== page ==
Now, some of you in the audience--you don’t have to raise your hands or admit it or anything like that--might look at this and think, “Oh, that’s fine. There’s text there and there’s a field. That’s what I need,” right? But there’s nothing that’s actually associating that text with the field programmatically. Visually, if you were to put these things next to each other, it’s all going to render in one line because all this stuff is in line, but there’s nothing to tell a voice assistant that this is related. Okay?
To create that association, we need to use the explicit label element. Now, this is not the end-all, be-all. This is not how you should do it. I’m going to kind of evolve this. We have two ways of associating this label with the field.
The first way is by explicitly associating them. You use a for attribute and that for attribute is an ID reference to the field. Here you can see they both have matching text of first_name for the for attribute and the ID value of the field itself. We can also use implicit association wherein the label actually wraps the field and the text. you could even mix them up and put them together. There’s nothing wrong with that.
In most cases, this is what you want to reach for. Actually, just to support really old browsers and to be able to style radio controls and checkboxes a little bit differently from your everyday input, I would use the implicit association to wrapping the label around the field and the text for radio and checkbox controls but then I would use this approach so that way I could address radio and checkbox because, at that time, we were still dealing with IE6, which didn’t have attribute selection in CSS. I could actually say, “Okay, any input that is a child or a descendant, rather, of the label, I know that’s a radio or a checkbox because of how I write my HTML.” It made it a little bit simpler to style them differently. I could just say, “Input is 80% wide,” and it wouldn’t make my checkboxes 80% wide because the label input would be auto-width or something like that.
Once you have a good label, it’s important to pay attention to the field type that you’re using. We have a bunch of options in HTML. It’s important for us to choose the right one for each job. If all you’re looking for is a simple response from a user that text input is your go-to, you don’t even need to say “type=text” because that’s the default type. Anybody who has ever fat-fingered writing radio like R-D-I-O and all of a sudden it becomes a text input has realized that text is the default. I’ve done that a number of times. You don’t even actually need to explicitly say “text.” That will be what automatically goes in there.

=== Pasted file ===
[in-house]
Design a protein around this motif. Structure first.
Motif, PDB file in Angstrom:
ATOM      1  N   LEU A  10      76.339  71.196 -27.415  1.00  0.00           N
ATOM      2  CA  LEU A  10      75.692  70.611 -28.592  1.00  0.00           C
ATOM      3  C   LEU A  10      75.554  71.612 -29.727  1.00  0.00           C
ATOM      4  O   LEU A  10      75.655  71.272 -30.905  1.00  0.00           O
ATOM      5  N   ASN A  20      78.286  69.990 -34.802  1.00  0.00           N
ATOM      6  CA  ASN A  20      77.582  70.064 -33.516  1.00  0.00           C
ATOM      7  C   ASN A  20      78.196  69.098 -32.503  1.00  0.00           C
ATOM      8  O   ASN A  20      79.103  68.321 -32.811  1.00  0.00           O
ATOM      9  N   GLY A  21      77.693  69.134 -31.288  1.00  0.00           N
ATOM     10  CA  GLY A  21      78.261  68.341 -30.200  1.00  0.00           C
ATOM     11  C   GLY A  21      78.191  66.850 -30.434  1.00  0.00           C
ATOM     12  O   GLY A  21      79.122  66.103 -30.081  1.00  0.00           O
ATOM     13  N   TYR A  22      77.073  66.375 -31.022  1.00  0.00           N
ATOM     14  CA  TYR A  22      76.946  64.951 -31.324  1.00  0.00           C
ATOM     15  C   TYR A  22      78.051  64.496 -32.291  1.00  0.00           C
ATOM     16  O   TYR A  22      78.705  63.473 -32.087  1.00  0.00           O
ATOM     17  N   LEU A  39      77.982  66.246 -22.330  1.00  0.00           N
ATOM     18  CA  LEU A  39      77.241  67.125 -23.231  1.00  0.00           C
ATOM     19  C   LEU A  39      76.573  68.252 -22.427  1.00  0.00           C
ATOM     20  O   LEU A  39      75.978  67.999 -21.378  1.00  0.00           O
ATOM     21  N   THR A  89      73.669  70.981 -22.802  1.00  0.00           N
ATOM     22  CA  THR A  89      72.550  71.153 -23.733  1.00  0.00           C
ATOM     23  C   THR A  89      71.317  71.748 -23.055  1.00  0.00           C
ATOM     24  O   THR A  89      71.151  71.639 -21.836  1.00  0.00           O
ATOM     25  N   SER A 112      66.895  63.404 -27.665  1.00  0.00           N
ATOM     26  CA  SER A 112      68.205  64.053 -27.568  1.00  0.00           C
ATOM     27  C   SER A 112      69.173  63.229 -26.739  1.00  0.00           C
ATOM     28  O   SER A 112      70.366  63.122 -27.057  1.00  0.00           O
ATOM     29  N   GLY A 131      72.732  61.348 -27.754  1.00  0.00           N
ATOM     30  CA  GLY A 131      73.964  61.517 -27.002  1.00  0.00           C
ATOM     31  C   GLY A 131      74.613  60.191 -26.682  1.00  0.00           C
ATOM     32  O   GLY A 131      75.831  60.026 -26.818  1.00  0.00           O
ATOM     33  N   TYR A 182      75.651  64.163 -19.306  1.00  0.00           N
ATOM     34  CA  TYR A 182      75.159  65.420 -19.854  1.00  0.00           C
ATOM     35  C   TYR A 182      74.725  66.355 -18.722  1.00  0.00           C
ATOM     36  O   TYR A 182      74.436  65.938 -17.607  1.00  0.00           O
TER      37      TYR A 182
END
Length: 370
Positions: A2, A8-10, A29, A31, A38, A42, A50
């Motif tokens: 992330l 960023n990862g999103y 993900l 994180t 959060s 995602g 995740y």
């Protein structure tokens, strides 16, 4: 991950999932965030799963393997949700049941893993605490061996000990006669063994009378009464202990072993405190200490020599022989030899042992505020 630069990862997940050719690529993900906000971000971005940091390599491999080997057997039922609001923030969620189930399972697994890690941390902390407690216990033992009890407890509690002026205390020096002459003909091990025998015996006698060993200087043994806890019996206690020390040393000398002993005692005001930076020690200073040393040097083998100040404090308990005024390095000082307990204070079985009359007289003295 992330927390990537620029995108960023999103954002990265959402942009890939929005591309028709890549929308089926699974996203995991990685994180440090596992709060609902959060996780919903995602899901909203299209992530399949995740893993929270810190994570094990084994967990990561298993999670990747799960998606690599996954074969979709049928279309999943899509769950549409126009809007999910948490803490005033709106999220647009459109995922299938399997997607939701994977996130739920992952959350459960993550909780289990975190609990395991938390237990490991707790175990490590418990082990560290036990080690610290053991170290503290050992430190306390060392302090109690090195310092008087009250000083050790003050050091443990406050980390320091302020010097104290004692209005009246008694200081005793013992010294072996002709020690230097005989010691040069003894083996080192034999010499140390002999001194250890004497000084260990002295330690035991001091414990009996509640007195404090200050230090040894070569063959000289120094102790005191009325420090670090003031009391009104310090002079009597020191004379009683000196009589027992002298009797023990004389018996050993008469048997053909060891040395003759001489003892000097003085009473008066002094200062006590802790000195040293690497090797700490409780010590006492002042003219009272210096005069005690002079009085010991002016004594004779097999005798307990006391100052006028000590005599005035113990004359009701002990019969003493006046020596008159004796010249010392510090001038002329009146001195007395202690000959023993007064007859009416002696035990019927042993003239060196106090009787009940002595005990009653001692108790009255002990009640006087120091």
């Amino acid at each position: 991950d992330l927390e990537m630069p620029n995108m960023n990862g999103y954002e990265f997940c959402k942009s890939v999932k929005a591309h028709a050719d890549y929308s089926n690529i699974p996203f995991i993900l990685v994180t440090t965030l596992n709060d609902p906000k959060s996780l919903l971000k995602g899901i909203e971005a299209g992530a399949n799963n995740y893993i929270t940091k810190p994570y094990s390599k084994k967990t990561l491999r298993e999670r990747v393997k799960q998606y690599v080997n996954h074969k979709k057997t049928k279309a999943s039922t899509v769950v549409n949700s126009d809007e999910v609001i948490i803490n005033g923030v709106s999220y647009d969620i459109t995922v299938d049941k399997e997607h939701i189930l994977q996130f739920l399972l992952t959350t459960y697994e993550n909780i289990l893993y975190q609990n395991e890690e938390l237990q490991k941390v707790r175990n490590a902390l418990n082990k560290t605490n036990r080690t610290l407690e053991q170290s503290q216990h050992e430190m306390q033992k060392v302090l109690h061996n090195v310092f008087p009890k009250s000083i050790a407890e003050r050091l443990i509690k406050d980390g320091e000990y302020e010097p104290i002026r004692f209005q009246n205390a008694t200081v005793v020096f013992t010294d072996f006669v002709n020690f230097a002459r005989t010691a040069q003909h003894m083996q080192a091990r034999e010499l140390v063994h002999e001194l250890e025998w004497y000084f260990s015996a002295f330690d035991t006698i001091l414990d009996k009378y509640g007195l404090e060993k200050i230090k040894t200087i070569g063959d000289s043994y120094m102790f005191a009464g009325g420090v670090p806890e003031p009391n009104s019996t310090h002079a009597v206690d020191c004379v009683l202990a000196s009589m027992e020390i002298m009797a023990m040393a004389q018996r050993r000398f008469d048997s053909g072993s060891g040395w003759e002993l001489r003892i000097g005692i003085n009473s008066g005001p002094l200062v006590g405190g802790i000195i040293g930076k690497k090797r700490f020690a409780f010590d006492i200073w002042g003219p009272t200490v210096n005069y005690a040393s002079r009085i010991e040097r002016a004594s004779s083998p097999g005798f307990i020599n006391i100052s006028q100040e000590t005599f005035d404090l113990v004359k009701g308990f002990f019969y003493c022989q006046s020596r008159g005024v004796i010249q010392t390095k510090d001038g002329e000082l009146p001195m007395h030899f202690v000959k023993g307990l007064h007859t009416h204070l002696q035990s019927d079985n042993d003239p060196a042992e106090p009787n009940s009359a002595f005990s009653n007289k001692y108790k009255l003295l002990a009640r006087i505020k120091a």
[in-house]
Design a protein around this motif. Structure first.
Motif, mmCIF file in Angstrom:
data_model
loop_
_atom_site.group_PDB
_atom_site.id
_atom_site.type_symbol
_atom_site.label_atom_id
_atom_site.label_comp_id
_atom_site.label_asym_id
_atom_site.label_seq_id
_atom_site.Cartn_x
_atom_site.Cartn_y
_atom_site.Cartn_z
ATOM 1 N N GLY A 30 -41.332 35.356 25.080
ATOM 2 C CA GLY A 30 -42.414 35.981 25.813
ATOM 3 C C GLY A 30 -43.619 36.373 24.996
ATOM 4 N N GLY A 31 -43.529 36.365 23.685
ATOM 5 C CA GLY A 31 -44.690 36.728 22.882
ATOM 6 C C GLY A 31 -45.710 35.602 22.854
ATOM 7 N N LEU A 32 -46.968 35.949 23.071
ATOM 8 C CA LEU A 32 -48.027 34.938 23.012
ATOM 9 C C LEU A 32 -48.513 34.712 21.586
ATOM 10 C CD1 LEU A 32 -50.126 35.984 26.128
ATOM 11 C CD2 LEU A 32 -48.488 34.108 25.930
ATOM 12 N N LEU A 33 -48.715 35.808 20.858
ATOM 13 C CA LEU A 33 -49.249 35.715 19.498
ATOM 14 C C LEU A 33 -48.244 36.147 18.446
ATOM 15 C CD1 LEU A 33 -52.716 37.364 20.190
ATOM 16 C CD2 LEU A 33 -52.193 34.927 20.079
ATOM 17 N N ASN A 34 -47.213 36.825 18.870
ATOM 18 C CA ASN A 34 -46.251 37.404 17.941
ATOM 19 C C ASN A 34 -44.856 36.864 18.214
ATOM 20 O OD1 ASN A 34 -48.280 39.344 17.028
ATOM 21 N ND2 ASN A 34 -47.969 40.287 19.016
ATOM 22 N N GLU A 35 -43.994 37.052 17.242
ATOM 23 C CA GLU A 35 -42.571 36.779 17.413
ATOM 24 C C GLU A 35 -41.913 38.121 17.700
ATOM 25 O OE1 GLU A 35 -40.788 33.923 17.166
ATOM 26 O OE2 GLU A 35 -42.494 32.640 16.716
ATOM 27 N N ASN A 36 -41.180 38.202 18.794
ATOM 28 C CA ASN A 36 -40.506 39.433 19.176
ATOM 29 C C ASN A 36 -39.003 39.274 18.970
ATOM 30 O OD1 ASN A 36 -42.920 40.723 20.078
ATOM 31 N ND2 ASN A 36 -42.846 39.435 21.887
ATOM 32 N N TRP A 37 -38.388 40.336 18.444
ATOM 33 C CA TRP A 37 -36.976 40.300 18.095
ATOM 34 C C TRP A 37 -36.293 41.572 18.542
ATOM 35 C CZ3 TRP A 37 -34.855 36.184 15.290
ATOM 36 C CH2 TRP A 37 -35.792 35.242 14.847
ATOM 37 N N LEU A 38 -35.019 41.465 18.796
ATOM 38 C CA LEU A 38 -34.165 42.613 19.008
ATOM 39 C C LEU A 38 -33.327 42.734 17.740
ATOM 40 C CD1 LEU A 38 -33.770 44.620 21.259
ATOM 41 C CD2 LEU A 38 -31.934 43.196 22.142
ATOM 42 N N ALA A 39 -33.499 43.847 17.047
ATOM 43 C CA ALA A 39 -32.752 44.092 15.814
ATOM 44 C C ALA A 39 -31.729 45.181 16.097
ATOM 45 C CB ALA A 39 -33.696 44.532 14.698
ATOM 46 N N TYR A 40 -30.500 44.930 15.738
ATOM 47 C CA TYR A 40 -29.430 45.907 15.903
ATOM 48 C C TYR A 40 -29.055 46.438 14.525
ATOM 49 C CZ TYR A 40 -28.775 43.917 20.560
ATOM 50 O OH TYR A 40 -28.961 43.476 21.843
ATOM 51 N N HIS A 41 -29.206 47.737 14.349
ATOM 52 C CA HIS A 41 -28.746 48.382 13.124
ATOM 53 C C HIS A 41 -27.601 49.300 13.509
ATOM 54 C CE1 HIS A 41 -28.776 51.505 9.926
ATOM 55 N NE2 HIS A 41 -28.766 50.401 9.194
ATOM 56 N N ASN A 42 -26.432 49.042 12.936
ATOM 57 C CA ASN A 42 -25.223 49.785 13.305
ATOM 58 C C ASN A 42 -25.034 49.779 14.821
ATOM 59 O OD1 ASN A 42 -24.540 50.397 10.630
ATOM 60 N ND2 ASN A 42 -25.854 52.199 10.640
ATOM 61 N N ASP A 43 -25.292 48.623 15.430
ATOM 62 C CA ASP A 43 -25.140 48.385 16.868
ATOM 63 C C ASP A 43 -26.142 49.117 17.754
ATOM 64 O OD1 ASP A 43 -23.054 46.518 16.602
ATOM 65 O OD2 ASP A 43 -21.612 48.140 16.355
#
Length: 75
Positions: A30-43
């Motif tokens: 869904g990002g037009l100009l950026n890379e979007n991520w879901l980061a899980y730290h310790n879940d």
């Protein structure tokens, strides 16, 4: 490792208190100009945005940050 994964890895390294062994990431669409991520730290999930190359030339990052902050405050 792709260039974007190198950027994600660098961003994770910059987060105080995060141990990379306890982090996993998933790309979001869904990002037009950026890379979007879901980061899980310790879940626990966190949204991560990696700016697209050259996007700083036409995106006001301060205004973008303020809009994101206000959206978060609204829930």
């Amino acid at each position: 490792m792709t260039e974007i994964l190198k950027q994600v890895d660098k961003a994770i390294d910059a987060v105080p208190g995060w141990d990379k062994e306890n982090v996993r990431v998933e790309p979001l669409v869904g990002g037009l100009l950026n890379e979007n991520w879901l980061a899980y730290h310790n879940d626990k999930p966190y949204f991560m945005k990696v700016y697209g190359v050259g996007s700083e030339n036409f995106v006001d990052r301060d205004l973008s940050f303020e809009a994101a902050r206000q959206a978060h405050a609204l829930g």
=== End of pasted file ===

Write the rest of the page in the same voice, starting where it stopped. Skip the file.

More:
Otherwise, you get it for free. You get the validation for free of an email. In certainly visual browsers, like virtual keyboards and stuff like that, the email field will actually provide specific typing controls, so the @ symbol and stuff like that that allow sighted users to more quickly enter that information.
The cool thing is, as I mentioned, if you mess up the input type, the type that you type into the type--that’s a lot of types, right?--if you mess up how you’re doing your form control, it falls back to being a text input. That’s the neat thing about using email, even in a browser that doesn’t understand it, even if you were to go back to the original Web browser, which actually didn’t support forms, did it because forms was HTML 2. If you went back to an early Web browser, let’s say you were to view it in links, for example, a fully text-based browser that did support forms, that field would still work because it falls back to being an input of type=text. That’s okay.
Browsers ignore what they don’t understand. That’s the power of building in layers, as Jeremy was talking about. This enables the concept of progressive enhancement, to be able to improve the experience as users have greater and greater capability within their browser, within their device, et cetera. That’s a topic that’s very, very near and dear to my heart, as well as Jeremy’s.
HTML 5 also introduced the URL field to be able to take URL data. In a very similar way, it will do some validation based on that, handle all that for you automatically, and it just looks like a text field. Text fields were what we had for, like, 15 years before we got the input and URL field, so that’s kind of cool.
Here you can see that actually in play in the range element, which is a native slider. Here, I’ve indicated the minimum is 0, the maximum is 11, and it steps at 1.
A couple of people got the joke. Old people like me, yes.
Now, there are a ton of other field types. I’m not going to get into all of them because there are a lot more that I want to kind of talk about when it comes to forms and I’ve only got about 12 minutes left. UX design, as a concern, is often focused on reducing the friction of accomplishing a task. That’s our core job as UX designers, and so we should look for every opportunity to do that within our forms because it’s only going to make things better for people who are using conversational assistants and headless UIs. We want to avoid introducing unnecessary complexity.